ORACLEWORLD, SAN FRANCISCO -- Sometimes you have to dial back the clock to understand today's breakthroughs. Speaking to thousands of attendees at Oracle's customer and partner conference, Chairman and CEO Larry Ellison launched Oracle's Grid Computing initiative, but to explain its significance, he dialed back the clock to 1964, to the advent of mainframe computing.
"The industry has been on a quest to build bigger and bigger mainframes for the last 40 years. We've been chasing the same dream of building the fastest computer in the world," he explained. "After 40 years, now there's an alternative to the one, big server approach. It's enterprise grid computing."
Ellison expounded on the "one, big server approach" and the issues that have plagued it: limited capacity, high cost, and limited reliability. When the one server goes down, the application also goes down.
The answer, he advocated, is moving to grid computing, a new architecture that connects low-cost computers, storage and networks together to act as one computer, but at a fraction of the cost and with ultimate reliability -- there is no single point of failure.
While grid computing has been used in scientific research, it has never been applied to business software, which is Oracle's focus as it rolls out its Oracle 10g Grid Computing software starting this week. "The beauty of Oracle's enterprise grid computing is that our software creates the illusion of one big computer."
He went on to explain the immense cost savings and the significance of Oracle's ability to run packaged business applications, such as SAP, unchanged, which means that any business can take advantage of the new software without changing code.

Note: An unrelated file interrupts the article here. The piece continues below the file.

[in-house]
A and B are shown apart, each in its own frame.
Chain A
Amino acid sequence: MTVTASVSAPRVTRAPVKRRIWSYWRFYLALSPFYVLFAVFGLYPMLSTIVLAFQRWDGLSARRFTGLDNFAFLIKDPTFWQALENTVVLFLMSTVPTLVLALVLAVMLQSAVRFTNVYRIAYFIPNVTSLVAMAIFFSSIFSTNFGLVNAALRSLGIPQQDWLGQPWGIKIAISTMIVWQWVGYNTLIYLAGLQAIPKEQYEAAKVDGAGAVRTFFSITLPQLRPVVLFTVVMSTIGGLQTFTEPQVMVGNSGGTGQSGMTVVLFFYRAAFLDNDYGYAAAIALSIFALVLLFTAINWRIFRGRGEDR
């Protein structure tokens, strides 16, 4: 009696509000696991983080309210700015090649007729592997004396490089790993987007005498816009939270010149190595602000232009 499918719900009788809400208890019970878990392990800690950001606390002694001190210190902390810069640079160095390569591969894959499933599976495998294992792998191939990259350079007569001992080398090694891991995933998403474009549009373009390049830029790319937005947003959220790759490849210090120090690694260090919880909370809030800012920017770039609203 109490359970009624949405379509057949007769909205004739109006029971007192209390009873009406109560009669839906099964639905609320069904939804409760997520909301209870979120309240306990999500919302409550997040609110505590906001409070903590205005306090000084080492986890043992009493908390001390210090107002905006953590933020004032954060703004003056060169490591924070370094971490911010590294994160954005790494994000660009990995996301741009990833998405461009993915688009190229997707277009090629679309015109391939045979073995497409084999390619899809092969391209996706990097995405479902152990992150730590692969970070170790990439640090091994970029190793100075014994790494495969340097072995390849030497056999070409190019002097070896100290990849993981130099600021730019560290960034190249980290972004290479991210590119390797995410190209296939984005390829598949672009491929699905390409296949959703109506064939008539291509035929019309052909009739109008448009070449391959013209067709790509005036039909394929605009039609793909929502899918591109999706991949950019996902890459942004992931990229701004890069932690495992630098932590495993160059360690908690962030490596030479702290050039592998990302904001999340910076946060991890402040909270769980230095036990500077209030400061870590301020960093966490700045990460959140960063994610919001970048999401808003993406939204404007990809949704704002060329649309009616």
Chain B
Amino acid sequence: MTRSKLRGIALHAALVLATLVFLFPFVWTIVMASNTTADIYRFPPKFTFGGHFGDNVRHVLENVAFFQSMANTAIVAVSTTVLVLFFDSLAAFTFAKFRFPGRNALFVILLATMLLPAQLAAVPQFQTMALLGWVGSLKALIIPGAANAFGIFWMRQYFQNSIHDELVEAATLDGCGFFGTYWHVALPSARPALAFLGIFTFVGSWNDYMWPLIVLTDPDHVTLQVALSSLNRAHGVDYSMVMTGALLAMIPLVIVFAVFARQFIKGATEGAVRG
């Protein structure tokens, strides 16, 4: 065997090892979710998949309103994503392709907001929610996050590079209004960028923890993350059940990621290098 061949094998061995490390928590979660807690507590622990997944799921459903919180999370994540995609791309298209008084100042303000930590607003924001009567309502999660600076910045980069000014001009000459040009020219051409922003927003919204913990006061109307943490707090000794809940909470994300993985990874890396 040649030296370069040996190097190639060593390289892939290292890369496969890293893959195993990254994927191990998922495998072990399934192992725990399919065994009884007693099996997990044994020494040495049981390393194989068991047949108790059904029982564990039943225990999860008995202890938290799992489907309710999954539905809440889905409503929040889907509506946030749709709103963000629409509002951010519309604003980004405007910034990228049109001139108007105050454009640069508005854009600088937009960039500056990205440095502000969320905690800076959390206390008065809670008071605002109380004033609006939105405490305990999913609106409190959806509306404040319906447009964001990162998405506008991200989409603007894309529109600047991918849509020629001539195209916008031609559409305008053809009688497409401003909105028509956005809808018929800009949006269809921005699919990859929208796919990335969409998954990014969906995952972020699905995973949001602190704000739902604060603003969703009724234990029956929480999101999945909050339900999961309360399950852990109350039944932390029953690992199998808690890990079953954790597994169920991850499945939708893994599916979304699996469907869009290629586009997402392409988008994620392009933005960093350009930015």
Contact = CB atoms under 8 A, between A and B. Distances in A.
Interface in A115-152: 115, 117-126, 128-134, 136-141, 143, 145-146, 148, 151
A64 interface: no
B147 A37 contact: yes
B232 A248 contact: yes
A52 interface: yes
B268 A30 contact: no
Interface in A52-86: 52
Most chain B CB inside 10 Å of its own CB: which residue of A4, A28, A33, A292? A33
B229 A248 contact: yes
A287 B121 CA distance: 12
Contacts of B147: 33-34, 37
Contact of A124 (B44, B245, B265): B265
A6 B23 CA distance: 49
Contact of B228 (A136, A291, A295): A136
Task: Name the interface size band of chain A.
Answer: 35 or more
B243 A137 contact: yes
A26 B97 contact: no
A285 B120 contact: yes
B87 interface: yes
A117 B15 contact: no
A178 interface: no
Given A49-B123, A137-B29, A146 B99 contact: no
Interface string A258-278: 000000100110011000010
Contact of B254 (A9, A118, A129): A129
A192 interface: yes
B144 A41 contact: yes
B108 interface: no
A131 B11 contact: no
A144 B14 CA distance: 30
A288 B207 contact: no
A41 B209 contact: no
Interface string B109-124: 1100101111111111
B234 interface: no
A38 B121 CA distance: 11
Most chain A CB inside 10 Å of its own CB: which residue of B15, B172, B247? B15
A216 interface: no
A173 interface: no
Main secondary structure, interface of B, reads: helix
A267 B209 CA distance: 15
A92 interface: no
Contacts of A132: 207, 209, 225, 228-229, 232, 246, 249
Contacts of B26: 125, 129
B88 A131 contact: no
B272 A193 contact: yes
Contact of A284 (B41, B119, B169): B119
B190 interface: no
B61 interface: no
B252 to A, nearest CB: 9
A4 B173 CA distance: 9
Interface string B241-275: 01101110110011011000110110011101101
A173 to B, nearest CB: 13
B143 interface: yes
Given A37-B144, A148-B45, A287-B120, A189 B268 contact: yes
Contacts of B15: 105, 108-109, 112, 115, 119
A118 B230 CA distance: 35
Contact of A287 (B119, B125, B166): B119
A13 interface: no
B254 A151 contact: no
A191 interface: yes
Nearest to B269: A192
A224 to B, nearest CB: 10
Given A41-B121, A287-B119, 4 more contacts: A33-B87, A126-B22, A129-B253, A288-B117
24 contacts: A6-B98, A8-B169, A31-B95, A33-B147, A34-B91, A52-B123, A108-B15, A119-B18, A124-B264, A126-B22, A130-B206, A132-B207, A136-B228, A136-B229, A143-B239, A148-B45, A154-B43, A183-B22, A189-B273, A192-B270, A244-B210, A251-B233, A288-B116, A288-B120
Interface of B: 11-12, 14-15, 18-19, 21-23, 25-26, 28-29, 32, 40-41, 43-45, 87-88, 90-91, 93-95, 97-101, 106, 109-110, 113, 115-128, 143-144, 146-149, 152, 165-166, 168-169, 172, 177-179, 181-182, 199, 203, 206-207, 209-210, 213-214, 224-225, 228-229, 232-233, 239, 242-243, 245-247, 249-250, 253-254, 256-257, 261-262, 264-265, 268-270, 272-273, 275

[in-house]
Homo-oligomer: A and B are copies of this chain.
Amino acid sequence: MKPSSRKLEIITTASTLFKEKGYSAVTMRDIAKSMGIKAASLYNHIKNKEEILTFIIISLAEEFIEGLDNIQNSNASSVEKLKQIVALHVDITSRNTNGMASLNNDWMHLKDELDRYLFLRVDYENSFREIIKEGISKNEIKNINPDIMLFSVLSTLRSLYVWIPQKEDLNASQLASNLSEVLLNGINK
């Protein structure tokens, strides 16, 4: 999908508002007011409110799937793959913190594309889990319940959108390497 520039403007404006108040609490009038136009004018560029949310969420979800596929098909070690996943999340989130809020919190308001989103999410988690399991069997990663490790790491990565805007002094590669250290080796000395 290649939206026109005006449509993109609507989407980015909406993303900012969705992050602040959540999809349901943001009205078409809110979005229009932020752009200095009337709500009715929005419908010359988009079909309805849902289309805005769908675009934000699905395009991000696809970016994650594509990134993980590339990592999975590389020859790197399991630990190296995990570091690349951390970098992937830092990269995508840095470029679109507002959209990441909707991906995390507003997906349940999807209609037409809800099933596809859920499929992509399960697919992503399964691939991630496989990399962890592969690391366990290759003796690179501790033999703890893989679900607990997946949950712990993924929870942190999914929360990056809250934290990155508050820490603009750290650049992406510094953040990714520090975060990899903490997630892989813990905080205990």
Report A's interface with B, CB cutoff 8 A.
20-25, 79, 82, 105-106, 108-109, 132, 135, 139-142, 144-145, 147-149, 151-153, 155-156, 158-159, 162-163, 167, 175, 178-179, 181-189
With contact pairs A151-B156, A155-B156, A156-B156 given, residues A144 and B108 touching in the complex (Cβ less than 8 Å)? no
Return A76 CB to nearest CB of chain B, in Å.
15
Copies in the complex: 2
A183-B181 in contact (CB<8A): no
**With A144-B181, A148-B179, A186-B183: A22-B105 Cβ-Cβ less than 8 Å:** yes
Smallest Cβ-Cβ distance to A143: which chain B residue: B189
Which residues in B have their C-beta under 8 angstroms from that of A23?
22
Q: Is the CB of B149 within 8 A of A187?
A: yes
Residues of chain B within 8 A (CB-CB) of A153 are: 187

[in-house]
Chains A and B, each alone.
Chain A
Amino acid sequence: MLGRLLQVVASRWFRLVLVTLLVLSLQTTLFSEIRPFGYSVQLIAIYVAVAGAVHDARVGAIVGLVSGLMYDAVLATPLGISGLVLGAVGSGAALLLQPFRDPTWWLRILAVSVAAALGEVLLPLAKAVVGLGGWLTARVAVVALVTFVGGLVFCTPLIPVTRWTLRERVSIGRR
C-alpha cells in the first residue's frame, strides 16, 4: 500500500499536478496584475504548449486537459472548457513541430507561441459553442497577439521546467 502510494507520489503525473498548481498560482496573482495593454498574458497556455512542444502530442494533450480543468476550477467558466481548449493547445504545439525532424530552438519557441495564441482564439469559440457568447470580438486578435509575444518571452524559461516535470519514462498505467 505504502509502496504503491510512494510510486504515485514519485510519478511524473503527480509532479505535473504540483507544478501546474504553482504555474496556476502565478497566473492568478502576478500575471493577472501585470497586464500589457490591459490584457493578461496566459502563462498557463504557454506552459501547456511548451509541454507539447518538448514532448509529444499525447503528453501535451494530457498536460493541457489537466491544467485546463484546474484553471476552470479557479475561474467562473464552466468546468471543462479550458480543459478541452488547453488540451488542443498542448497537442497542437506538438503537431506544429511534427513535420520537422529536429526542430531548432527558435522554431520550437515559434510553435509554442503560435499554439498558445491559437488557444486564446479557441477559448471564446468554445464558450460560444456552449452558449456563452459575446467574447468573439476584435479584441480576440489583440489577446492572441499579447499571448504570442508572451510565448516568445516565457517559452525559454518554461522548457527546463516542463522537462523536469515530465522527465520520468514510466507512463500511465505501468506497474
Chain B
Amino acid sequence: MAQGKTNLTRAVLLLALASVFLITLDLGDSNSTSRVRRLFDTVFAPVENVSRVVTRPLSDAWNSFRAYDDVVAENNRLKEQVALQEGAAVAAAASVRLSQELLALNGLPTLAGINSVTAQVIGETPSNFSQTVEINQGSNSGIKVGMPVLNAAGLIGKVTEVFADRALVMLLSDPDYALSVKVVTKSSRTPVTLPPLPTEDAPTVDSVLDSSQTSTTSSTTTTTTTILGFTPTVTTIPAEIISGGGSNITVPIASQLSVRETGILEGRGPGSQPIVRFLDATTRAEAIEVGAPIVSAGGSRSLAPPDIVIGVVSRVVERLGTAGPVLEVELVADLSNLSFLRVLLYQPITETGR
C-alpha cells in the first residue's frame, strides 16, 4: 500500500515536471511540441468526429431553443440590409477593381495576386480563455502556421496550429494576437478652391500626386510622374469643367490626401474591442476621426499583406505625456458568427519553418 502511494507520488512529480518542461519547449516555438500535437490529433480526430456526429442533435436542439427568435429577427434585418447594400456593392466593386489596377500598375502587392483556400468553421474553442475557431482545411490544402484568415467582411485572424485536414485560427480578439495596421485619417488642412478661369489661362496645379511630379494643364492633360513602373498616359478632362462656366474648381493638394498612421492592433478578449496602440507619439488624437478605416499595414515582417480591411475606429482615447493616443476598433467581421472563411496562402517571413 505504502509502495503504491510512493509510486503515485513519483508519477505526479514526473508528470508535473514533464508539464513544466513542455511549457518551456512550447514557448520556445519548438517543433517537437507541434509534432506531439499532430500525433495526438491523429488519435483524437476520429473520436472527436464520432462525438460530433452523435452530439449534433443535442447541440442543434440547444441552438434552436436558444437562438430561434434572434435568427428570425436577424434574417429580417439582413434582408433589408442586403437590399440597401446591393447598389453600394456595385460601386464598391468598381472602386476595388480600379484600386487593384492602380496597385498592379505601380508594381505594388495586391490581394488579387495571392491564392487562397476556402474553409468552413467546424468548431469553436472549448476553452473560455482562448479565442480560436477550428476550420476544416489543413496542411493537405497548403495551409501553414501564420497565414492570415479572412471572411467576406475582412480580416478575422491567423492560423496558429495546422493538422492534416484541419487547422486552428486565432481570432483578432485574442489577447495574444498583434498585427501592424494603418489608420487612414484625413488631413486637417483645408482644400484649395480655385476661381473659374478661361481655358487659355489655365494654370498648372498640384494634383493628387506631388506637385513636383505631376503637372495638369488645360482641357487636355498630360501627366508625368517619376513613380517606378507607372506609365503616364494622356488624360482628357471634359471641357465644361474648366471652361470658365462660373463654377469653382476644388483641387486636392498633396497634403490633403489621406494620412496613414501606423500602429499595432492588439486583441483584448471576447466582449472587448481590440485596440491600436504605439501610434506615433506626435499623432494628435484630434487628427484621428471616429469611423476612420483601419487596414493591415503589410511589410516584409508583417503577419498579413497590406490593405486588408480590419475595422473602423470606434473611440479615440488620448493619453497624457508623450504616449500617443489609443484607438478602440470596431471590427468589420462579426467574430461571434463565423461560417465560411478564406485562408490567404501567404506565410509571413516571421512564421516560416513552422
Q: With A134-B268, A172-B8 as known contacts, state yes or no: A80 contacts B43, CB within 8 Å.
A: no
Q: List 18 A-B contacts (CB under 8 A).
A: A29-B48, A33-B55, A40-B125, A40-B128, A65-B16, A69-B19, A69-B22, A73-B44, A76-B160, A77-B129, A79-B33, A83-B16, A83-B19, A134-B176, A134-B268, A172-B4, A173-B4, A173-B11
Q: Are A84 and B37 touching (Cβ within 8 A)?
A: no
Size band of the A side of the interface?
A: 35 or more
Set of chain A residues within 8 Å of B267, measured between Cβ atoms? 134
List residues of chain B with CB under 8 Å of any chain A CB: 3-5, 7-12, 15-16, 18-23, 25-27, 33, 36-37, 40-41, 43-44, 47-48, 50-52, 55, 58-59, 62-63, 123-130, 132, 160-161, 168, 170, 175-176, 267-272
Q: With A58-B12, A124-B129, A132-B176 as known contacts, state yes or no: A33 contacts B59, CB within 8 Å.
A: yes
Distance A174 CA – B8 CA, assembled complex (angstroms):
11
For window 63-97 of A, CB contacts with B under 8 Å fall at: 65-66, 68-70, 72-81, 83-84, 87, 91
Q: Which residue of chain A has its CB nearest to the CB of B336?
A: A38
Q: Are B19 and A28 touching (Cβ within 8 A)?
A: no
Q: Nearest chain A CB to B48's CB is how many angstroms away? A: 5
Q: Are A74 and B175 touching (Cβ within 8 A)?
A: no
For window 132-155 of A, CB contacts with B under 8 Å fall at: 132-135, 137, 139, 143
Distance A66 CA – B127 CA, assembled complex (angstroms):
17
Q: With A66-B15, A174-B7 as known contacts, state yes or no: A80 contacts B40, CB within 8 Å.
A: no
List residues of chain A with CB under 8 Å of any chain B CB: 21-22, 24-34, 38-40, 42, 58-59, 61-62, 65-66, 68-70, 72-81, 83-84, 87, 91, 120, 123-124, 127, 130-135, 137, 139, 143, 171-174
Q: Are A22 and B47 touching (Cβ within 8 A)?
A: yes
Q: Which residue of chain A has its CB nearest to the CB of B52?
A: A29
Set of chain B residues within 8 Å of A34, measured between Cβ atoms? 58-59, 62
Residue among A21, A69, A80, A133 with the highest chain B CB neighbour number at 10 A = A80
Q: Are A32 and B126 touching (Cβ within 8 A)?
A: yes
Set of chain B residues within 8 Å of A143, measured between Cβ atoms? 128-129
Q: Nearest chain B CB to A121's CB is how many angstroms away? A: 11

"It's capacity on demand. Plug another server into the grid and the application runs faster and more reliably, and the capacity is inexpensive." To underscore his point, Ellison said that comparing a single IBM mainframe with an Oracle grid built with inexpensive Intel-based blades will result in a 30-to-1 cost savings for customers.
As Ellison reiterated today, the business efficiencies are the primary reasons to make the move to enterprise grid computing, but, "you have to be willing to pay less." Ellison referenced customers such as Electronic Arts and CERN in addition to Oracle, whose systems are easily handling escalating demands, but at a much lower cost due to both hardware and labor savings. For example, in moving to an enterprise grid, Oracle University was able to reduce 216 hours per week of work by its system administrators and DBAs to just two hours per week.
Calling IBM's Computing On-Demand strategy a "financing option," Ellison emphasized that what Oracle will be shipping by the end of the year -- Oracle Database 10g, Oracle Application Server 10g and Grid Control -- are major technology advances.
"We've been working on this for 12 years, starting with Oracle Parallel Server, then Real Application Clusters and now Grid. It's technology that keeps getting better and better."